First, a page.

The National Cable & Telecommunications Association has
told the FCC and the Office of Management and Budget that the FCC has
significantly underestimated the time and money it will take to comply with the
transparency and complaint procedures it adopted in its Open Internet
order (net neutrality rules).
OMB is vetting the paperwork-collection requirements to make
sure they do not run afoul of Congress's Paperwork Reduction Act mandate
to keep bureaucratic tree-killing to a minimum. NCTA has asked for
changes in those requirements, which could delay that effective date even
The FCC, when it approved the rules back in December, said
it expected the costs of compliance with new rules on transparency, blocking
and unreasonable discrimination to be "small" since the principles
are in line with current practice. NCTA says the open-ended rules mean
costs and paperwork could be far greater, and wants the FCC to rethink its estimates
so that OMB has a better idea of the burden, or amend its requirements.
The rules can't go into effect until 60 days after a notice
is published in the Federal Register that OMB has approved the data-collection
requirements. The FCC supplied NCTA with an explanation of the costs for
complying with transparency rules, which is an addendum to its filing.
The in-house cost was estimated at $734.97 per respondent per year, and
provided insight into how much the FCC pays for tech writers, engineers
"The Commission believes that the respondents will use
'in-house' personnel whose pay is comparable to mid- to senior-level federal
employees (GS12/5, GS14/5, and GS15/5, plus 30% overhead)," the FCC said.
"[T]herefore, the Commission estimates respondents' hourly costs to
be about $52.86 for technical writers, $74.27 for engineers, and $87.37 for attorneys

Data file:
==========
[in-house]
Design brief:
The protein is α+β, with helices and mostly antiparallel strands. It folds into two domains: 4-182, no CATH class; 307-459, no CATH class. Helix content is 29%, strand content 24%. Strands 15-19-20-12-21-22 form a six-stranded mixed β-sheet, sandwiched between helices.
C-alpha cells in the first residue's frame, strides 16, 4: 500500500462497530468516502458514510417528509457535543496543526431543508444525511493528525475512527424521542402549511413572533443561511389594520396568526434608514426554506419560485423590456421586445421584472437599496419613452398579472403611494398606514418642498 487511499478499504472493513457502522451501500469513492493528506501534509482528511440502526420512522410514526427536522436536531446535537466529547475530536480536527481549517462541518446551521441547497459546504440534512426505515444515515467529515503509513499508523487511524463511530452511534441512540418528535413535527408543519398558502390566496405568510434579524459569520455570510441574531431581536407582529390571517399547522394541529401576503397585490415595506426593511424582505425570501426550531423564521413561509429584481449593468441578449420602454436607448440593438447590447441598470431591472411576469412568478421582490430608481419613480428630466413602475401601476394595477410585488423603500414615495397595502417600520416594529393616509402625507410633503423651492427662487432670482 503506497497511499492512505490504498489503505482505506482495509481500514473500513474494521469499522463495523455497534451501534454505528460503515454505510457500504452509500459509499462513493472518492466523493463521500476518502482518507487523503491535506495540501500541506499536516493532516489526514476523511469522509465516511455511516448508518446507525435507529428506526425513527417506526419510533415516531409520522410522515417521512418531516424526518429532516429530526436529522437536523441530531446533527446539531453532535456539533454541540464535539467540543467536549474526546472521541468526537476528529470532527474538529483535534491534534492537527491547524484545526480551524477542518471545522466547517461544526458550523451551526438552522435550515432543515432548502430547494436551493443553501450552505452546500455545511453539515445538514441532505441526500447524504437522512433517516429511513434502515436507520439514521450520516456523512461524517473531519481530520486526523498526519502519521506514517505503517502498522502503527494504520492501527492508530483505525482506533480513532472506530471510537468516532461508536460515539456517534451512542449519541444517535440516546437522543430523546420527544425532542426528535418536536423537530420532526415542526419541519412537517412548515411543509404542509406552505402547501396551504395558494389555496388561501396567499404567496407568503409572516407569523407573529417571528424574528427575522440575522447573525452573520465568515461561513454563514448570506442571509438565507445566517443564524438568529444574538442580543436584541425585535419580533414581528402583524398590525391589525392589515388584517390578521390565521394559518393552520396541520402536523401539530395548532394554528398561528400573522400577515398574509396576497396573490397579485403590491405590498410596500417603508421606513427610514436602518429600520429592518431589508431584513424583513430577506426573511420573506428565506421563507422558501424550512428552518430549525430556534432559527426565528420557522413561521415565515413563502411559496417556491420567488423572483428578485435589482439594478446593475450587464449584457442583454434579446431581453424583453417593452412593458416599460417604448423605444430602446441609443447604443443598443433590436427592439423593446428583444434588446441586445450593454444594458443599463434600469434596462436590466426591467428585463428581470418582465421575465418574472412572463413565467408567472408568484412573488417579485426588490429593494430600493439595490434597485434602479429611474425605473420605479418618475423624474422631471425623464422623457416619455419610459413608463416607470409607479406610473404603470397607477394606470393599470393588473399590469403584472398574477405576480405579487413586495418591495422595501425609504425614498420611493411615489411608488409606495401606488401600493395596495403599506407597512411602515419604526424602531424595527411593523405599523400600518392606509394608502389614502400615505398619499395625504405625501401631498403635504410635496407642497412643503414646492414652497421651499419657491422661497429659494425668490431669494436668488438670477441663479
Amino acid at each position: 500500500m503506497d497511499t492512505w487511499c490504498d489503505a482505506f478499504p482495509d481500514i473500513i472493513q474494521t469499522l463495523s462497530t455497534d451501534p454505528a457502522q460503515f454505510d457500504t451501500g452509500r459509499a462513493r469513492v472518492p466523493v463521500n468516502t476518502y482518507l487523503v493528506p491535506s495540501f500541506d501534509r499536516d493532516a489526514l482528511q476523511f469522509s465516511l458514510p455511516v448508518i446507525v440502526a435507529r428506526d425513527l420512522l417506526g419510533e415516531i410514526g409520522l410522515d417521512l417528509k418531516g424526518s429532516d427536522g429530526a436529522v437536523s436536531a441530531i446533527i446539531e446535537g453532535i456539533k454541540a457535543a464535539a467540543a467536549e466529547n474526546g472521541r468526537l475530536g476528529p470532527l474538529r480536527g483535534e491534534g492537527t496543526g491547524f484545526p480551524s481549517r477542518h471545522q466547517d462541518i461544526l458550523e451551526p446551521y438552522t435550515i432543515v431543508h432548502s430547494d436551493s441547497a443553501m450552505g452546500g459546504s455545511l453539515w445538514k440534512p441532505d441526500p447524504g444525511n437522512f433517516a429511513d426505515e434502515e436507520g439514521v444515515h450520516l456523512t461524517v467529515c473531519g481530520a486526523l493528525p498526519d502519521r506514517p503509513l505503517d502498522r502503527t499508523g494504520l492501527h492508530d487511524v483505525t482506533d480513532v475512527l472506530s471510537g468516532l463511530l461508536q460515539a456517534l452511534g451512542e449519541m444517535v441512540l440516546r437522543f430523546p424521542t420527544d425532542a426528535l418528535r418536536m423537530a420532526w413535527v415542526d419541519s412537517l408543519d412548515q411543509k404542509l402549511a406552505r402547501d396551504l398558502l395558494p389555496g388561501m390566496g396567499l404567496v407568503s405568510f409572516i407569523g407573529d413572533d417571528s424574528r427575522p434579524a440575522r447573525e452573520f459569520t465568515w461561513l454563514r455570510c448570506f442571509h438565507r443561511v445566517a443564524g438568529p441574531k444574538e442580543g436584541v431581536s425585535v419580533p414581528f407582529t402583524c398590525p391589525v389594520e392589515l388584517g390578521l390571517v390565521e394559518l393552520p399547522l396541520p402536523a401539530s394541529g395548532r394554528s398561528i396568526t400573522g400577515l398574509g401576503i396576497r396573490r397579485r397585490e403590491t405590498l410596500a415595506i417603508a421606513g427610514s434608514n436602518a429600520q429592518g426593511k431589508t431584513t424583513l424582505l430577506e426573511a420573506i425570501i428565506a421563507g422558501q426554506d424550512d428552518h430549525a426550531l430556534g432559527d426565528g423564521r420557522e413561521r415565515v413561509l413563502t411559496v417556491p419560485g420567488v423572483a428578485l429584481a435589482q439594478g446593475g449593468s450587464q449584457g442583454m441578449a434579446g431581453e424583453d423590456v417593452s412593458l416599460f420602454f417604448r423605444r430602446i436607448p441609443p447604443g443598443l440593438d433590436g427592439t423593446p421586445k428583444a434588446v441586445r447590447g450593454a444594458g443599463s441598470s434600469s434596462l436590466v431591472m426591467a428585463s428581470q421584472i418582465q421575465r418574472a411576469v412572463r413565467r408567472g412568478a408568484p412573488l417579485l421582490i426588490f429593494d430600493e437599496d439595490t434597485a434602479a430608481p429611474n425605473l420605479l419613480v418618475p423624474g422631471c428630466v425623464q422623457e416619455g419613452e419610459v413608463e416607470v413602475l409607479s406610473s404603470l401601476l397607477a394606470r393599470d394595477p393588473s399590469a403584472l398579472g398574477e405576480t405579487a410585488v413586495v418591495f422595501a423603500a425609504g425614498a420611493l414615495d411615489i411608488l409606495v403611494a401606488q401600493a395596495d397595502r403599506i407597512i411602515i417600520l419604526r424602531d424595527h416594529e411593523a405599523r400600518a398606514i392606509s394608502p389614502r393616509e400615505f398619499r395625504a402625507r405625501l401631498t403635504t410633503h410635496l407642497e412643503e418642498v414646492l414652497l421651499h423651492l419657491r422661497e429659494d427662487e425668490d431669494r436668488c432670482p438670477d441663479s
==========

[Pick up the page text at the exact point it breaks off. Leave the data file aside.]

to gather and post commercial terms, network management practices, and
performance characteristics on a website and make that information
available at the point of sale."
The FCC also anticipates five complaints per year, total,
industry-wide, at a total cost of $40,000 for the parties.
"Notwithstanding the Commission's statement that it
intended for "the costs of compliance with our prophylactic rules to be
small," said NCTA in its filing, "the broad and open-ended
transparency rules and complaint procedures actually adopted in the Open
Internet Order could impose a much greater burden on ISPs than contemplated.
Absent clear guidance as to what providers must disclose, as well as some
limitation on the scope of the complaint procedures and the availability of discovery,
the estimates provided by the Commission are unrealistic. NCTA encourages
the Commission to clarify the rules and/or amend its burden estimates
before submitting these estimates to OMB for approval."
In a talk at the American Cable Association Wednesday, House
Communications Subcommittee Chairman Greg Walden (R-Ore.) said the Senate would
not be able to act on his resolution to block those network neutrality rules
(it has passed the House) until the FCC gets on with publishing the rules in